No Castro speech as Cuba marks Revolution Day
Cuba has been celebrating Revolution Day, but for the first time in 50 years there was no address to the nation by either Fidel or Raul Castro.
President Raul Castro presided over events in memory of the first battle of the revolution in 1953.
But he left it to his vice-president Jose Ramon Machado Ventura to speak.
And there was no sign of his elder brother, Fidel, who had appeared at several small events recently, thereby increasing speculation he might attend.
Raul Castro has never been one to hug the limelight and he rarely speaks in public.
But there are certain set state occasions when the country's leader traditionally addresses the nation, including the annual 26 July rally.
President Castro attended events in the central city of Santa Clara, dressed in his general's uniform, and took the platform briefly to salute the crowd.
But in an unprecedented move, he left it to Mr Machado to give the address.
Last month, Raul Castro confounded his critics by announcing he would free a large number of political prisoners, and there had been suggestions he might announce more releases.
Many Cubans had also been hoping he would use this occasion to launch a similarly bold initiative to reform the stagnant state-run economy, says the BBC's Michael Voss in Havana.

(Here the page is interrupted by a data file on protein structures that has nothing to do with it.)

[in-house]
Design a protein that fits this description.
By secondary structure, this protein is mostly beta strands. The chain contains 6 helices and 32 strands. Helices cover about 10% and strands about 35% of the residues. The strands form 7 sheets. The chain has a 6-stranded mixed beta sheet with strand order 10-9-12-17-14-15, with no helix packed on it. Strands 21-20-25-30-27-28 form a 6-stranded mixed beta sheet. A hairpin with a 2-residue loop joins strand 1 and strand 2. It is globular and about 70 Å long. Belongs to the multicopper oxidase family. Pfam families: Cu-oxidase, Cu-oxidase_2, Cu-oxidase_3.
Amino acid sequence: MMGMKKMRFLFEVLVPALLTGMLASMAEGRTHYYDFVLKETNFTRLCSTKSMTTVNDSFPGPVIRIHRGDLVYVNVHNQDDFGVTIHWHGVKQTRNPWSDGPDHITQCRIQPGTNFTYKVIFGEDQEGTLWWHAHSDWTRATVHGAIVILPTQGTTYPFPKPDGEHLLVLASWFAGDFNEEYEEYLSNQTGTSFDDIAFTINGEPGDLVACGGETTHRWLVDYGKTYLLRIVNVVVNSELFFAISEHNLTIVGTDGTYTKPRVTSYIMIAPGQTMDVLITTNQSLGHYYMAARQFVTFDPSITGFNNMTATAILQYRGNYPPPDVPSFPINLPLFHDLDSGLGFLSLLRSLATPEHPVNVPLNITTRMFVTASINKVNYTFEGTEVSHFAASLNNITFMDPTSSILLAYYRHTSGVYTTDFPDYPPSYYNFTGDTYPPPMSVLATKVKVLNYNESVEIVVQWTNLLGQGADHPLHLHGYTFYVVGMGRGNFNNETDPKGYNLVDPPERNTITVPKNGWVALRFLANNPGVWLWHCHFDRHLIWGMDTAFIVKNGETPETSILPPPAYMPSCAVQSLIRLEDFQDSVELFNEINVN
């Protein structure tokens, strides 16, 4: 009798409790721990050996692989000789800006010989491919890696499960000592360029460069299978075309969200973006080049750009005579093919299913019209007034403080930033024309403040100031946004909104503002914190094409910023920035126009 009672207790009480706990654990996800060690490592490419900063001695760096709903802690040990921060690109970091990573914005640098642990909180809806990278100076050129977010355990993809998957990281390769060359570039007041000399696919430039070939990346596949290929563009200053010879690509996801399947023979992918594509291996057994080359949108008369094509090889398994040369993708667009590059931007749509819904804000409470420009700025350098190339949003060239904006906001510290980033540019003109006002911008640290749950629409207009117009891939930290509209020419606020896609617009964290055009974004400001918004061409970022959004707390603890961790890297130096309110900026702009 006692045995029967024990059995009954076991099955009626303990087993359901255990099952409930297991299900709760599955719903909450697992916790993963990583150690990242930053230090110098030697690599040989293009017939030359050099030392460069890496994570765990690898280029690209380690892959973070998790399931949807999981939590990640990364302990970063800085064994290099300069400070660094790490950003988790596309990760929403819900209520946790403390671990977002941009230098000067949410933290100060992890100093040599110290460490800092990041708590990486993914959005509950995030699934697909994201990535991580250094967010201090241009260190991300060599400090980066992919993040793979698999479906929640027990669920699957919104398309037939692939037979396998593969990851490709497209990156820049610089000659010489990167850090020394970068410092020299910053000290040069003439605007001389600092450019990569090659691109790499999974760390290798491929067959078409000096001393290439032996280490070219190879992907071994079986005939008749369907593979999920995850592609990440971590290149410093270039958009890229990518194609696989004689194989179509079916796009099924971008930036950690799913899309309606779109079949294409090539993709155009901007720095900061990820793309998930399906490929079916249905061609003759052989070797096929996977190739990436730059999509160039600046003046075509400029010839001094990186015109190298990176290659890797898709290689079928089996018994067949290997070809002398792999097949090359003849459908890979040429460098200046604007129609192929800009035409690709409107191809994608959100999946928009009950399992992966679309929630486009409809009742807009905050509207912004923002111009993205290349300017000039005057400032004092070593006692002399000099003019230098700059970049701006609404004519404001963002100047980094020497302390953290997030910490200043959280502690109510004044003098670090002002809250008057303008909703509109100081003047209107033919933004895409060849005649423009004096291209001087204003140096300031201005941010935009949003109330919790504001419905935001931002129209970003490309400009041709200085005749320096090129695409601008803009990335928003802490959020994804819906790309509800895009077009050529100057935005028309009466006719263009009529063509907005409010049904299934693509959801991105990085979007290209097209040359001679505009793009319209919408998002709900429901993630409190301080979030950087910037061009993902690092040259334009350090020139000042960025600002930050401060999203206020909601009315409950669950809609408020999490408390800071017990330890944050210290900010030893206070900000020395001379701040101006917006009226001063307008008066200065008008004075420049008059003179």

Cuba has been under a wide-ranging US embargo since the early 1960s.
The president may be holding his fire for next weekend's National Assembly meeting, our correspondent adds.
Instead, Mr Machado said that tackling the economy was the government's priority but gave no details.
"Savings, reduction of costs and the maximum rationing of energy and resources are our urgent needs in all areas," he said.
"We will never accept outside pressure," Mr Machado added.
Support for Venezuela
Mr Machado also spoke of Cuba's support for Venezuela, currently mired in a diplomatic row with Colombia.
Venezuelan President Hugo Chavez cancelled a planned visit to Cuba in the light of the crisis.
Mr Machado referred to what he termed "the visible recuperation" of Fidel Castro.
Fidel Castro, who turns 84 next month, has made six public outings over the past fortnight, the first since he stepped down to undergo major surgery in 2006.
However, despite rumours he might attend, there was no sign of the former president.
The main event on Monday took place beside the mausoleum of Ernesto Che Guevara, the Argentine-born revolutionary leader who fought alongside the Castro brothers and was a close associate of Fidel.
The annual 26 July rally marks the anniversary of the first battle of the Cuban revolution when Fidel, along with Raul, led an attack on the Moncada barracks.